23. - 26. November 2022
In honour of distinguished Professor Nicolaos Conomis, Member of the Academy of Athens
Wednesday – Friday, November 23 - 25, East Hall of the Academy of Athens
Saturday, November 26, The Acropolis Museum
Beginning: November 23, 17:00
- Antonios Rengakos (Academy of Athens & Aristotle University of Thessaloniki)
- Theodoros Papanghelis (Academy of Athens & Aristotle University of Thessaloniki)
- Georgios K. Giannakis (Aristotle University of Thessaloniki & Centre for the Greek Language)
It is more or less a truism to argue that ancient Greek and Roman antiquity have shaped our worldview and influenced the ways in which contemporary life and values are understood and constantly (re)interpreted. The imprint of the Greco-Roman past is evident in many aspects and features of our culture: the sciences and arts, linguistic forms, literary expressions, religion, morality and ethics, philosophical thinking, political theory and practice, and the ways we think about and understand history and humanism. In a nutshell, the Greco-Roman past decisively affects the ways in which we, moderns, despite ethnic or cultural differences, understand ourselves. There are, however, those, both outside and within the confines of Classical Studies, who wonder whether it is worth investing time, effort, and resources in studying the past.
This conference, the result of collaboration between the Academy of Athens and the Heidelberg Academy of Sciences and Humanities, aims to address the important question of the relevance of Classical Studies today: do they still matter, and to whom? Some of the most influential scholars of ancient Greece and Rome will come together at the Academy of Athens to discuss a wide range of issues that highlight the modernity of the past and help us better and more fully understand the position of Classical Studies in the 21st century, the challenges, and the prospects. Among the topics brought under examination by the contributors are: 1. the history of the field of Classical Studies from antiquity to modern times; 2. patterns of politics and socio-culture; 3. the cultural importance of monuments and artifacts; 4. language and linguistics; 5. education (addressing the debate over how academic units and programs could be restructured to include both traditional and innovative approaches to philology and ancient civilizations); 6. matters of interdisciplinarity and intertextuality; and 7. aspects of modernity (including digitalization and the use of new technologies in teaching and researching the past).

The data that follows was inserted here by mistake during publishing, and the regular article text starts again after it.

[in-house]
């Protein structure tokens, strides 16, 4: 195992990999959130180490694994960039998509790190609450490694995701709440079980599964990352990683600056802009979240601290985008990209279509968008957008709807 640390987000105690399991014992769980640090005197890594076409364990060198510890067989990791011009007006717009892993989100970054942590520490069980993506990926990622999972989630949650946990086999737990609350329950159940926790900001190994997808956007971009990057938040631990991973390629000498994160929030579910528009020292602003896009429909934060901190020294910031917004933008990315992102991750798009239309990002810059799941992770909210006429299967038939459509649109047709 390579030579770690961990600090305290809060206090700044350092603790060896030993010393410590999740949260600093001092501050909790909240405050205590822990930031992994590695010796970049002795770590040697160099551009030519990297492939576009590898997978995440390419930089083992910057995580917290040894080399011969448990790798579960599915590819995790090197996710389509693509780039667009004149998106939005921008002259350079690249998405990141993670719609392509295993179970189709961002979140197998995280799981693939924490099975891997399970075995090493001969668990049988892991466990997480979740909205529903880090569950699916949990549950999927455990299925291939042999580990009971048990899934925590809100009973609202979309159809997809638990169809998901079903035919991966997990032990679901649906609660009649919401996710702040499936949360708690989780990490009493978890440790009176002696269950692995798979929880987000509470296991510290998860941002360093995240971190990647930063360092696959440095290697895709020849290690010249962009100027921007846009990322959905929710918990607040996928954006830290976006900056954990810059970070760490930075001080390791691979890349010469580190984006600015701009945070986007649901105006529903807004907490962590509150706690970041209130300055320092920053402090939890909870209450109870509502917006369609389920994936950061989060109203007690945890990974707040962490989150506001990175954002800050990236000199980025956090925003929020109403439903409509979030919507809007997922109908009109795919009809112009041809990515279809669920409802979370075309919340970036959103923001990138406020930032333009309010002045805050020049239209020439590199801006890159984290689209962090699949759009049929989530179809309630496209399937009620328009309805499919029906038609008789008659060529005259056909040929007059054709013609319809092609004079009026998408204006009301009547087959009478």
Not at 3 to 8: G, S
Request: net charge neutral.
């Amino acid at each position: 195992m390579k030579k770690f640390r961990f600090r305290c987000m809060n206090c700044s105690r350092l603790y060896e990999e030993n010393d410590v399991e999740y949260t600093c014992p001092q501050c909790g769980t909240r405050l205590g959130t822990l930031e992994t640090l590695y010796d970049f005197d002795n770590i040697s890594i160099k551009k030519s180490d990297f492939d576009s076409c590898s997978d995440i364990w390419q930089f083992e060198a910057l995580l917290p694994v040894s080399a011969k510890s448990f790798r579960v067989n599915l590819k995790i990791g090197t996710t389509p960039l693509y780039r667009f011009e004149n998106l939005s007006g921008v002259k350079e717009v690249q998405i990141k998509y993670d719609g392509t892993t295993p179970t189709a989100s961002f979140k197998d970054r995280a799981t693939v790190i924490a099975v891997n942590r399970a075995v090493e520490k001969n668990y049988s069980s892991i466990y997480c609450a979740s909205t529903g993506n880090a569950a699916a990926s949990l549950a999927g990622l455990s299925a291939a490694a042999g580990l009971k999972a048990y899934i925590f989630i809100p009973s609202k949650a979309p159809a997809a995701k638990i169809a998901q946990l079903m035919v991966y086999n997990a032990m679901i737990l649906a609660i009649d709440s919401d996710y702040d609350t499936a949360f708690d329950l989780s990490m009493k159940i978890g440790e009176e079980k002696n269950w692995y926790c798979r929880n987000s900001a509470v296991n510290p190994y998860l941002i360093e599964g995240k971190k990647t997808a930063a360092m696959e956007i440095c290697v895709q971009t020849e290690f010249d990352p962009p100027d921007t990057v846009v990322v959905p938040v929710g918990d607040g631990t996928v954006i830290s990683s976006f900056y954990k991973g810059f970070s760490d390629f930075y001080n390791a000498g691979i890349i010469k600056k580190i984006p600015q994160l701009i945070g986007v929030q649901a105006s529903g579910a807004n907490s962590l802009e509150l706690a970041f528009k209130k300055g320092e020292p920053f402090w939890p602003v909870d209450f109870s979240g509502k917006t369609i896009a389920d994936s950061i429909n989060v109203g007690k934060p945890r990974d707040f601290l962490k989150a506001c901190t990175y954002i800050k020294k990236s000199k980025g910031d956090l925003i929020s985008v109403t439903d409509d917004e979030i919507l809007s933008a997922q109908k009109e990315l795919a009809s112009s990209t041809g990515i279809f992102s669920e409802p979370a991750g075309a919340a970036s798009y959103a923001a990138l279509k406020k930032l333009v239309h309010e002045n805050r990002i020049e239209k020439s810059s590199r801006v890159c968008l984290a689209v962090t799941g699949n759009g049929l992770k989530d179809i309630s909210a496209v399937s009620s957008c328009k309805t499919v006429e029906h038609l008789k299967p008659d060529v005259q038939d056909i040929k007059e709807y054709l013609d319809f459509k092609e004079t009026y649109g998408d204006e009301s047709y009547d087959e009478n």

Event page with program and further information
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